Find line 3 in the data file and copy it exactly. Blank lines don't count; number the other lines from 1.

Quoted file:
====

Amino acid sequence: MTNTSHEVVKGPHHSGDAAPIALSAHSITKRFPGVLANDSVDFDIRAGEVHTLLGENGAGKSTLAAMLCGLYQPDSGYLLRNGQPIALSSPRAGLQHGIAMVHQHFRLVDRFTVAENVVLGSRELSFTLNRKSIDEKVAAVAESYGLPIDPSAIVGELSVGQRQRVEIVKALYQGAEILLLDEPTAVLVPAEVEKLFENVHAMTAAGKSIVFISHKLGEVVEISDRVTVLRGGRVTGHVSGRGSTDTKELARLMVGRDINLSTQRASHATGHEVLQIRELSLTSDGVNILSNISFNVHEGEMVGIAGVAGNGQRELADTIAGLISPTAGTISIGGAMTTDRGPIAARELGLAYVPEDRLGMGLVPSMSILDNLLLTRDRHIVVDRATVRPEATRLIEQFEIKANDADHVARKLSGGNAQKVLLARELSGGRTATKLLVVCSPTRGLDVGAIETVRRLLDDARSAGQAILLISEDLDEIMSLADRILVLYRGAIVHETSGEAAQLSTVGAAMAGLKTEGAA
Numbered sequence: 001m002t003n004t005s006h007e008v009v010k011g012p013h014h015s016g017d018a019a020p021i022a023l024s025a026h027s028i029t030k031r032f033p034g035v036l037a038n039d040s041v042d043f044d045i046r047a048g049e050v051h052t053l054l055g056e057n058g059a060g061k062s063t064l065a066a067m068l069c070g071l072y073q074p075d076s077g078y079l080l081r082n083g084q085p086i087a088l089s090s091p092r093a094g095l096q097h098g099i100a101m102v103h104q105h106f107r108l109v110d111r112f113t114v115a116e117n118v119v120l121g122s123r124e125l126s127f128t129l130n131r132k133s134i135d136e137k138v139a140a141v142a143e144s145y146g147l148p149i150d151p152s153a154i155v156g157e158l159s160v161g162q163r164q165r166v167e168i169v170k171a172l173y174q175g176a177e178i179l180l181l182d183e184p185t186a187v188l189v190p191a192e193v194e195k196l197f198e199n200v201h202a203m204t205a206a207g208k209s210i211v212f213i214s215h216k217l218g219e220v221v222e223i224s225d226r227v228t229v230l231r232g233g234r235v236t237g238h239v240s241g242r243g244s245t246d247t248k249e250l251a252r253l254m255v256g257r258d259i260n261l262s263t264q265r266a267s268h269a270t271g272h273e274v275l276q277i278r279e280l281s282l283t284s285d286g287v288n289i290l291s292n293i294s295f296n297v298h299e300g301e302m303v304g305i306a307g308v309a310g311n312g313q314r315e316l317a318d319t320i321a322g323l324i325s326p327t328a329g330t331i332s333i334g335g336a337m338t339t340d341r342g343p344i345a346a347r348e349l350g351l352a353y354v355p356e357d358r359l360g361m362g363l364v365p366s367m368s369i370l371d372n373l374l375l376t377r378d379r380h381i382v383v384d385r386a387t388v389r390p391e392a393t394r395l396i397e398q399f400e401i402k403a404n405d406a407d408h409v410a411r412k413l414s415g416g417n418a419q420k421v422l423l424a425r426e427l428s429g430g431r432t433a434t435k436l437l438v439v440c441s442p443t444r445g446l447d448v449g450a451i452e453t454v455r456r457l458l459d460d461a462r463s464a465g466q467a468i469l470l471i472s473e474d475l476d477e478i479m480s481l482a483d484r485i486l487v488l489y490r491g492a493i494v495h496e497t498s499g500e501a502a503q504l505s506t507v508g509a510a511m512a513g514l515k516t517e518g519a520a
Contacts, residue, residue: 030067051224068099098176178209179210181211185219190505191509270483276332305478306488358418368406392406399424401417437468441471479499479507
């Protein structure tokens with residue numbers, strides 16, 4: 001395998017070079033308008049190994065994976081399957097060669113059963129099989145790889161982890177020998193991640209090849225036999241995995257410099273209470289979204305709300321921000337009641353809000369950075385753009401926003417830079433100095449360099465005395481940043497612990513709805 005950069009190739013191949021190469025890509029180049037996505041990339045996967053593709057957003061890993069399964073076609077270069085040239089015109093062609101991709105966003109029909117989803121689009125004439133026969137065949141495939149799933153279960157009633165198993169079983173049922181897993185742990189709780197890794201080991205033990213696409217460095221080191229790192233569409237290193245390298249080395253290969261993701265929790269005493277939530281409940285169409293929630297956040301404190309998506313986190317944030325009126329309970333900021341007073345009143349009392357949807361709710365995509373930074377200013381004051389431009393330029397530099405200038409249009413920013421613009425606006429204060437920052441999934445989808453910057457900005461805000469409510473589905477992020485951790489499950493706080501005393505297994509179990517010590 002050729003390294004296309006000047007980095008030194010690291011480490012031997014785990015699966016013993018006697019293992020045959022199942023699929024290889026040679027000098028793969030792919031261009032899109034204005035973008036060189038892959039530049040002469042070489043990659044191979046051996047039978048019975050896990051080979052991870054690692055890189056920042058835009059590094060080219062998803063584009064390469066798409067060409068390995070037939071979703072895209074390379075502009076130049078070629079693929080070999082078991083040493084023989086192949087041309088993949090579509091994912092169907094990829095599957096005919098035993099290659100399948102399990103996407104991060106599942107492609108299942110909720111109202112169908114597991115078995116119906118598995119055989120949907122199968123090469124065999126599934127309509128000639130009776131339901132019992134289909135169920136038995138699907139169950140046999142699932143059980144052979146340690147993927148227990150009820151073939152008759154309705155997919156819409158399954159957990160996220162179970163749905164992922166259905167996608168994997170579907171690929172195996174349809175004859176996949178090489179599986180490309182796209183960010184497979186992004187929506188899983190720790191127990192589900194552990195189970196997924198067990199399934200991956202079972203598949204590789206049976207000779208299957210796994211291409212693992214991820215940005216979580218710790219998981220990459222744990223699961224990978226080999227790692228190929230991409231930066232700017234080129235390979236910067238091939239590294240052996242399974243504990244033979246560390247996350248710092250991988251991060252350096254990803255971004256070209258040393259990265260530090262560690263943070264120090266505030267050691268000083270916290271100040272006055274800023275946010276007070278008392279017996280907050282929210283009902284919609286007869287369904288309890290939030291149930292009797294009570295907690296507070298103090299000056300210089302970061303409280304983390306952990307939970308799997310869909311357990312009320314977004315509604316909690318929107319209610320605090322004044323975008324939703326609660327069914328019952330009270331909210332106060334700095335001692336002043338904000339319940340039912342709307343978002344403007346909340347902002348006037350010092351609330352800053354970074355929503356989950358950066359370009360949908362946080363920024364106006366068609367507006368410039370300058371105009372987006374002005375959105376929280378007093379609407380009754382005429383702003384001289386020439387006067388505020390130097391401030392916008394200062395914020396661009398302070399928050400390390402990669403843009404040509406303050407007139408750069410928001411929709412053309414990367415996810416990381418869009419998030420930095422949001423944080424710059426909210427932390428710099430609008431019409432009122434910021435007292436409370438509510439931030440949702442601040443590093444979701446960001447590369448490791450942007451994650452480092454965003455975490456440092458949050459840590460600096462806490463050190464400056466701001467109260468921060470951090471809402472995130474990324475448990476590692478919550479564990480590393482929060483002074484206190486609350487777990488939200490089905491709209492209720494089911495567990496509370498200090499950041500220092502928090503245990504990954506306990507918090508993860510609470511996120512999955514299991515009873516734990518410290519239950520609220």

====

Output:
Contacts, residue, residue: 030067051224068099098176178209179210181211185219190505191509270483276332305478306488358418368406392406399424401417437468441471479499479507